But in 2018 —  after Spota left office following his indictment for allegedly helping to cover up the county police chief’s beating of a prisoner — Bush received his full case records, including materials he and his attorneys say they had never seen before. The new documents referenced another suspect, John Jones, who came to the attention of the detectives roughly three months after they had secured the purported confession from Bush.

Jones had told the detectives that after leaving the same house party attended by Watson, he tripped over a body, dropped his own hair pick and left it at the scene, where it was later taken into evidence. Jones told nobody about the body he said he tripped over. The detectives had Jones take a polygraph and, satisfied that his story was truthful, discarded him as a suspect.

A year after the murder, Jones, then 22, was charged with third degree rape after impregnating a 15-year-old girl. According to a Newsday report, he would go on to be arrested several more times, including for stabbing a man, before dying in 2006.

Sini called Jones’s’ story “ridiculous” and said that he found him to be a far more credible suspect than Bush.

“Instead of investigating Jones, what do they do?” Sini said of the detectives. “They try to wash it and cover it up.”

Rafferty’s lawyer, James O’Rourke, said that the retired detective “maintains to this day that the second suspect was found not to be credible under the circumstances,” finding that Jones was a “limited young man” who didn’t fit the killer’s profile.

“The police seem to have just decided based on some sort of sixth sense,” said Bernhard, Bush’s attorney. “They didn’t investigate. They just decided.”

Bernhard and the prosecutors re-examining Bush’s conviction said one of the most disturbing aspects of the ignored second suspect was that his existence was apparently hidden from Bush and his attorneys for four decades. They consider it a violation of Brady v. Maryland, the Supreme Court decision mandating that prosecutors disclose all evidence that might be helpful to the defense.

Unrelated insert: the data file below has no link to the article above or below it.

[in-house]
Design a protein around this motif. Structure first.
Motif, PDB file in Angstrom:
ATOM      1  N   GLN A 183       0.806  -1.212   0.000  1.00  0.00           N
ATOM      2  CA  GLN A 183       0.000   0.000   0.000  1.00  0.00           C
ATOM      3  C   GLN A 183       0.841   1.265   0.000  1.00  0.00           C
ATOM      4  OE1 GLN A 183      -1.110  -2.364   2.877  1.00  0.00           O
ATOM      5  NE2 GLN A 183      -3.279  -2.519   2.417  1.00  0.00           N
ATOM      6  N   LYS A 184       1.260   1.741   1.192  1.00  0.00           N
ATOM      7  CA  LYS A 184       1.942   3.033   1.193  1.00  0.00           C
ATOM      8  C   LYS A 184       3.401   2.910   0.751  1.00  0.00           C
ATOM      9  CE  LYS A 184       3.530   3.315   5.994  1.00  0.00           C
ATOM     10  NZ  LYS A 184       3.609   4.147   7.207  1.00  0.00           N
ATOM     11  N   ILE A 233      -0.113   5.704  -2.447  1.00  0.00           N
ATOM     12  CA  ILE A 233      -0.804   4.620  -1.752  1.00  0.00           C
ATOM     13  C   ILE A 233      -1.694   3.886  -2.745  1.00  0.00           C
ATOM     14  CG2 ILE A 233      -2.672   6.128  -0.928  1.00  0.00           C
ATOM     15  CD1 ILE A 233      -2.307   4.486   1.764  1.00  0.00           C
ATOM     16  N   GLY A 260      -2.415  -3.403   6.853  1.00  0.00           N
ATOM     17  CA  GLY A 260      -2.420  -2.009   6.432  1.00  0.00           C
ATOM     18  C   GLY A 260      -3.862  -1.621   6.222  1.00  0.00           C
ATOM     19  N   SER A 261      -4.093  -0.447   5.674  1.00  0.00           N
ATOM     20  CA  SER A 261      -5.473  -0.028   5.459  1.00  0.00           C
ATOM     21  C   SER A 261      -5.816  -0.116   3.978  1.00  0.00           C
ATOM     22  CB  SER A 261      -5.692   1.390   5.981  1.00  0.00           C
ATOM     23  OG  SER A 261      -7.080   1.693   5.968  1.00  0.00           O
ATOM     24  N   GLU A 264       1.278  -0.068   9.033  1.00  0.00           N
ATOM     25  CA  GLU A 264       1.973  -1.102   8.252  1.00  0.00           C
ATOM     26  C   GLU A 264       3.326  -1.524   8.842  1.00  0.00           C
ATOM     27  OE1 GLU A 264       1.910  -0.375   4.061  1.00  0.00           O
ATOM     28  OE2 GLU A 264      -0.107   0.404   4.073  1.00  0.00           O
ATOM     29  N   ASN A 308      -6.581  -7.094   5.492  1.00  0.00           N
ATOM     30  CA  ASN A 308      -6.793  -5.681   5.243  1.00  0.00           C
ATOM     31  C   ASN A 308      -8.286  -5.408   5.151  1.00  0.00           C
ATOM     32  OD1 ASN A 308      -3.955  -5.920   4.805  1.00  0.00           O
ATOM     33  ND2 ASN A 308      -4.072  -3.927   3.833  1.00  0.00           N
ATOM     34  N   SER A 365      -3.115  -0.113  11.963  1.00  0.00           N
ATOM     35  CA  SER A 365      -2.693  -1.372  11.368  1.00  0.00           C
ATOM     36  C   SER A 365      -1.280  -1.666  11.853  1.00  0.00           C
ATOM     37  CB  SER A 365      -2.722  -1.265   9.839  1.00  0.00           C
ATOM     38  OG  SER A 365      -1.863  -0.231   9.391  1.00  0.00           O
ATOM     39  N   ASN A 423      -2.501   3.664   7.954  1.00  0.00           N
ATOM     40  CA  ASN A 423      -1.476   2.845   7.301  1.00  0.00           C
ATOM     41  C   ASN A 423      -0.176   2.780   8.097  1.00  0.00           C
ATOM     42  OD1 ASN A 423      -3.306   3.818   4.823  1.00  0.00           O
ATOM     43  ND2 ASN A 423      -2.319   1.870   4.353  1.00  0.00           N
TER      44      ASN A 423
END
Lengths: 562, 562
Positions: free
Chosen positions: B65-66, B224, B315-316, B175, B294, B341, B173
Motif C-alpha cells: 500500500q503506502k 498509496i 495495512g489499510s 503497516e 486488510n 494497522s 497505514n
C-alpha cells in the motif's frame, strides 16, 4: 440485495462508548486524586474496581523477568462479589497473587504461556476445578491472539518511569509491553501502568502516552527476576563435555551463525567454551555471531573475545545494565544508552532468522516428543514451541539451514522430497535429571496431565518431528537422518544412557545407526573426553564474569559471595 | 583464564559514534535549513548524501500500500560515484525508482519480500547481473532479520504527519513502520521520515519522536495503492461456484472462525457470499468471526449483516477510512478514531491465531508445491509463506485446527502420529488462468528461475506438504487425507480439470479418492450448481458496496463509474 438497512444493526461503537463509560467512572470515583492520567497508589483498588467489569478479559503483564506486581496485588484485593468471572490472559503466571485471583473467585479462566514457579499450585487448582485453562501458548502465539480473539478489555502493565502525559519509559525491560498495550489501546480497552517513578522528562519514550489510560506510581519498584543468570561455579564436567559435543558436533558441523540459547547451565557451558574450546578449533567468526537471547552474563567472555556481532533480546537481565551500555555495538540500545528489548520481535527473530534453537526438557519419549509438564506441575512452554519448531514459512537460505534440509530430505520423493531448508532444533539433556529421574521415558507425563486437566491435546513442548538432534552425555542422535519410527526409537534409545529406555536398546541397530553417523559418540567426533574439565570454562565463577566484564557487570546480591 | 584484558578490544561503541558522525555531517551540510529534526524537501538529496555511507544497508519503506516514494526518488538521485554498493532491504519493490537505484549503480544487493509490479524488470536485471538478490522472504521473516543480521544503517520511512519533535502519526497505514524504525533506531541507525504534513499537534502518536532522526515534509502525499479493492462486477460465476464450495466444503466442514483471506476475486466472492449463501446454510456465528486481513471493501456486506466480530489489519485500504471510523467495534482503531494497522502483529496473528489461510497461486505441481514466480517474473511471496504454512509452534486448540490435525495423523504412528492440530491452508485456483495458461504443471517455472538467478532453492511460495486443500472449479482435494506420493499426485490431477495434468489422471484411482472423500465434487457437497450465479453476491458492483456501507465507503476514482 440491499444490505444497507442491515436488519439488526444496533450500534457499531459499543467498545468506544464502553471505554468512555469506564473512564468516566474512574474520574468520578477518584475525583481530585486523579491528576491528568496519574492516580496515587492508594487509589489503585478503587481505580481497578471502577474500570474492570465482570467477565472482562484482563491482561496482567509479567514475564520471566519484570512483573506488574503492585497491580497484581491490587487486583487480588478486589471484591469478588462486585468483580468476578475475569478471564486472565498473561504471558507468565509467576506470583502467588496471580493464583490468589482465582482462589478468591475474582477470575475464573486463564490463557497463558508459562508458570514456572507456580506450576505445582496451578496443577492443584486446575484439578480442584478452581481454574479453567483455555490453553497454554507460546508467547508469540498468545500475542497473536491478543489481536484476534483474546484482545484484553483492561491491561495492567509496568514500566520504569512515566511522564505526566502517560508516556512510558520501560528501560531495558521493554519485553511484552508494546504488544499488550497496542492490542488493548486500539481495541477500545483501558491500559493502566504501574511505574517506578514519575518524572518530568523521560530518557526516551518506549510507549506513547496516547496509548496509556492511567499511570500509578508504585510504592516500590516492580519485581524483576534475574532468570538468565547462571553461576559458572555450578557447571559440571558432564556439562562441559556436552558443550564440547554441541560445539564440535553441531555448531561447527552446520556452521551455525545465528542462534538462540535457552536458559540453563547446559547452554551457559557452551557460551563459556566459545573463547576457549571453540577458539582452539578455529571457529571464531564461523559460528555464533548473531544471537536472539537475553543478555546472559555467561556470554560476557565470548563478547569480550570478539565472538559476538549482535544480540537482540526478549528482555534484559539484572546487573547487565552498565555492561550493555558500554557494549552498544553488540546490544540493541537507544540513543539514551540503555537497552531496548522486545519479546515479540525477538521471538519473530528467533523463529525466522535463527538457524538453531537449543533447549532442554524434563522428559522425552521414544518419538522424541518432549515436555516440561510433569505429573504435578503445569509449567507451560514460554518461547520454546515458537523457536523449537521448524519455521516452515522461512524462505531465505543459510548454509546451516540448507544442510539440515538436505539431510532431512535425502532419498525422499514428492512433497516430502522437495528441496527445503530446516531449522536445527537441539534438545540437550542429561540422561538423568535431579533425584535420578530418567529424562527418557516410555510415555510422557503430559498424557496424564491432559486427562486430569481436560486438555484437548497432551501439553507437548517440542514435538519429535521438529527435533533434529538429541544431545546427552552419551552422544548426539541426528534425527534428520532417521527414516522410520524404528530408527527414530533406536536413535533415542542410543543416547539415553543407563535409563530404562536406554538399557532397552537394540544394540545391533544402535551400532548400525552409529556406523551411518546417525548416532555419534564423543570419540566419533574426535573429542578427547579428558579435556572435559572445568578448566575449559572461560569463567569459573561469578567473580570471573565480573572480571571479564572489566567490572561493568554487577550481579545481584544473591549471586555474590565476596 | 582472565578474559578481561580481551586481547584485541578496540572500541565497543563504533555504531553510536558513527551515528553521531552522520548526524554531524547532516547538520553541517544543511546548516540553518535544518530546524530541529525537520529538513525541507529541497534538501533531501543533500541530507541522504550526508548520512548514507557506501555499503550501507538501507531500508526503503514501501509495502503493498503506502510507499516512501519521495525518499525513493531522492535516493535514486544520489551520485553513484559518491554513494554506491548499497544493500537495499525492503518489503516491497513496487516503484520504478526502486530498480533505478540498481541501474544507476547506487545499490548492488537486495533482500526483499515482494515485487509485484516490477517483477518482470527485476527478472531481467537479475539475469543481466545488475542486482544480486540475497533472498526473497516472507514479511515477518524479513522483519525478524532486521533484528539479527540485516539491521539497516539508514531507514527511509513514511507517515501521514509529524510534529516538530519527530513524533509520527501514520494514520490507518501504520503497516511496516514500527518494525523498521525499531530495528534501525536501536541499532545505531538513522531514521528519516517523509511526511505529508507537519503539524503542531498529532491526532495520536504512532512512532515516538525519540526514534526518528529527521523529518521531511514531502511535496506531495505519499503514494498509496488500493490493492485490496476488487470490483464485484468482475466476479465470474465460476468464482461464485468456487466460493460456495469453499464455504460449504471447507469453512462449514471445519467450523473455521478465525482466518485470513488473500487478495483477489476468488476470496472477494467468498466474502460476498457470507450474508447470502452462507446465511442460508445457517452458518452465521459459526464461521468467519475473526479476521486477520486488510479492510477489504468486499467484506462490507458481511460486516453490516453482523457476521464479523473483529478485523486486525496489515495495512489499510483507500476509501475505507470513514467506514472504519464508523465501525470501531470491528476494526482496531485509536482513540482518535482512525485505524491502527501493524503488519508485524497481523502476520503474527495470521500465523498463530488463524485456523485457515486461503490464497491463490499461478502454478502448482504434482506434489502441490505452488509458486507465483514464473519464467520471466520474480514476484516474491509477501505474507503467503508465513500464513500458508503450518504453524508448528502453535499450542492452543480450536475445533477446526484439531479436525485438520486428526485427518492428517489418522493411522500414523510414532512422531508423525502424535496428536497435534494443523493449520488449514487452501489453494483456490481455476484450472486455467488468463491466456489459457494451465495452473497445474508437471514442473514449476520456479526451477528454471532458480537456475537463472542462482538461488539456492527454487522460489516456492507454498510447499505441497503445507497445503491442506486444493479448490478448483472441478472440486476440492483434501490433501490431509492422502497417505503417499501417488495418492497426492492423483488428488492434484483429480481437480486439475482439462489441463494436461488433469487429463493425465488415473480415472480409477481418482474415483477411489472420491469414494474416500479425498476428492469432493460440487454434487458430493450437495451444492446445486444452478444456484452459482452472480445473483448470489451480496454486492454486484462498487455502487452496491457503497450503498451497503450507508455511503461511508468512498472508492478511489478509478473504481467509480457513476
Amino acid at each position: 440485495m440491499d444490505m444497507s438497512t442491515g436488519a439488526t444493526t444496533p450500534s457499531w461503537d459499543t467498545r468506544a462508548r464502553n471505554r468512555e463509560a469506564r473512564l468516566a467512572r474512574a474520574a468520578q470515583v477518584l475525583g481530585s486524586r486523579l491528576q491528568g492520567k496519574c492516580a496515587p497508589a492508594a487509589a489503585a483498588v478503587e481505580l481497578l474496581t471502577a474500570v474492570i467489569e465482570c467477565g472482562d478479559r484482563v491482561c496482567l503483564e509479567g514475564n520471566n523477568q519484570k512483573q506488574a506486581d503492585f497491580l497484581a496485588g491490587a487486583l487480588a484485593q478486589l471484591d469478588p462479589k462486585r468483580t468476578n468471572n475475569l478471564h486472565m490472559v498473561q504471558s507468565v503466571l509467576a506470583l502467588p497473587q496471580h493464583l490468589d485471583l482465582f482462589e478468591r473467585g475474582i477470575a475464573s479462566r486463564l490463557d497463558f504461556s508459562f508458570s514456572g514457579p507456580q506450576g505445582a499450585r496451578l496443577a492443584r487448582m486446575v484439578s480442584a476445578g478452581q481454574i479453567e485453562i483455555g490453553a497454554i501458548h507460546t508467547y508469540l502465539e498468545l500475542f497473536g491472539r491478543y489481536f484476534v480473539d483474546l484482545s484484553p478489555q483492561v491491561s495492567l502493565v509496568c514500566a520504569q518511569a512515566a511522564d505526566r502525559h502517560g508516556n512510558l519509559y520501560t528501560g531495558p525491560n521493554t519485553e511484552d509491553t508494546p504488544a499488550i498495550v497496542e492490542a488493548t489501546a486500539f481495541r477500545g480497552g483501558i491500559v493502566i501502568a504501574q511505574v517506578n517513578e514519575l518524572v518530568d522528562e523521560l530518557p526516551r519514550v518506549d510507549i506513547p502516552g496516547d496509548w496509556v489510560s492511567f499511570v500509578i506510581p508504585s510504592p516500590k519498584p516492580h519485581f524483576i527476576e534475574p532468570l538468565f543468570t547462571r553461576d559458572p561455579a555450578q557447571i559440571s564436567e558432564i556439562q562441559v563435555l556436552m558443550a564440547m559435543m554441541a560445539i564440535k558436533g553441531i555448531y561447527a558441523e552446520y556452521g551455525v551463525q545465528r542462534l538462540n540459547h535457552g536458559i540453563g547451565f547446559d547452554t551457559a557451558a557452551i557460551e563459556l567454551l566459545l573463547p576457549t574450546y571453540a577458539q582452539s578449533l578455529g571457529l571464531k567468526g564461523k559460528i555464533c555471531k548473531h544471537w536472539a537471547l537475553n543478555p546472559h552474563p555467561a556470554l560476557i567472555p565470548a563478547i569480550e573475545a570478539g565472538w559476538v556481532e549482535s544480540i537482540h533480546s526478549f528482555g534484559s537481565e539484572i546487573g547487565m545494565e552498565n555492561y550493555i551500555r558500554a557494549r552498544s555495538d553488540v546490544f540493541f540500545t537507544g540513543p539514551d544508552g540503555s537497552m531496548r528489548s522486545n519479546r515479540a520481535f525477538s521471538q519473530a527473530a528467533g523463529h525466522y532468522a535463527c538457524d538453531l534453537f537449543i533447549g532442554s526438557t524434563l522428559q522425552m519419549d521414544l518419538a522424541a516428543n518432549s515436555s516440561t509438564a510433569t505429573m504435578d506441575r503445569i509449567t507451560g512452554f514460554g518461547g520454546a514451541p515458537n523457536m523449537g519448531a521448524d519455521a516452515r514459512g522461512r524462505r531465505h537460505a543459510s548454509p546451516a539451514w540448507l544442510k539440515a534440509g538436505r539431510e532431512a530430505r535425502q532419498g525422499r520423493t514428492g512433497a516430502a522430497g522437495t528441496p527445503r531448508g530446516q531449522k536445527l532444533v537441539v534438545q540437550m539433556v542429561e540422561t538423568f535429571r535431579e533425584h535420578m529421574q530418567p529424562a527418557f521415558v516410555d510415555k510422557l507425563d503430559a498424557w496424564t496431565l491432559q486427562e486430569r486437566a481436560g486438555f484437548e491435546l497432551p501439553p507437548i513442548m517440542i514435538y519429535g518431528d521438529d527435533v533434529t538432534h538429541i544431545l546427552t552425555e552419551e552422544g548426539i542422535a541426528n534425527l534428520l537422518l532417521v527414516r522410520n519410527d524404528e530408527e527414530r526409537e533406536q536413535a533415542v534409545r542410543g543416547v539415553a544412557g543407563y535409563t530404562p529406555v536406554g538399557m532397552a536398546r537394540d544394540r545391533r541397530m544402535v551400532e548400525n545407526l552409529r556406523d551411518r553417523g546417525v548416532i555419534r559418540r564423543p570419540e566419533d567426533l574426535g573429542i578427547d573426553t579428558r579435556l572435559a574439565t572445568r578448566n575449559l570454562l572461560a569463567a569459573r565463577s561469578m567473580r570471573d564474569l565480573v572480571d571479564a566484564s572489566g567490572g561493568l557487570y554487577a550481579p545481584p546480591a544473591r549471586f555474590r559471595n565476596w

“Who knew what, and when, is an important part of this investigation,” Sini said. The CIB concluded that Gerald Sullivan, the prosecutor in Bush’s case, was “fully aware” of Jones’s existence as a second potential suspect and didn’t disclose that to the defense. Sullivan has since died.

Sini said the CIB has received petitions to scrutinize about 100 other cases and that the unit is currently investigating about a dozen of them. Of Rafferty and Stahl, Sini said that “any petition that involves one of these detectives will be carefully reviewed.”

Stahl, the nonagenarian former detective, may not have grasped the tenor of the visit by the CIB investigators.

They found him at his home in a small private enclave in Yaphank, New York, which is owned by the German American Settlement League. Before World War II, its Nazi-adoring residents paraded with swastika-adorned flags down streets named after Adolf Hitler and Joseph Goebbels. Stahl previously served as a board member of the league, which barred residents who weren’t of “Germanic extraction” until two years ago, when they ended the policy in order to settle an anti-discrimination lawsuit.

The court filings in the Bush motion indicate that Stahl confided in the investigators that tragedy he’s experienced, such as sickness in his family, may be “payback for some of the bad things I’ve done in my life.”

According to the filing, he also asked of the Bush case: “Why is this thing being opened again? I thought Tommy Spota took care of this.”

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Per: USA Today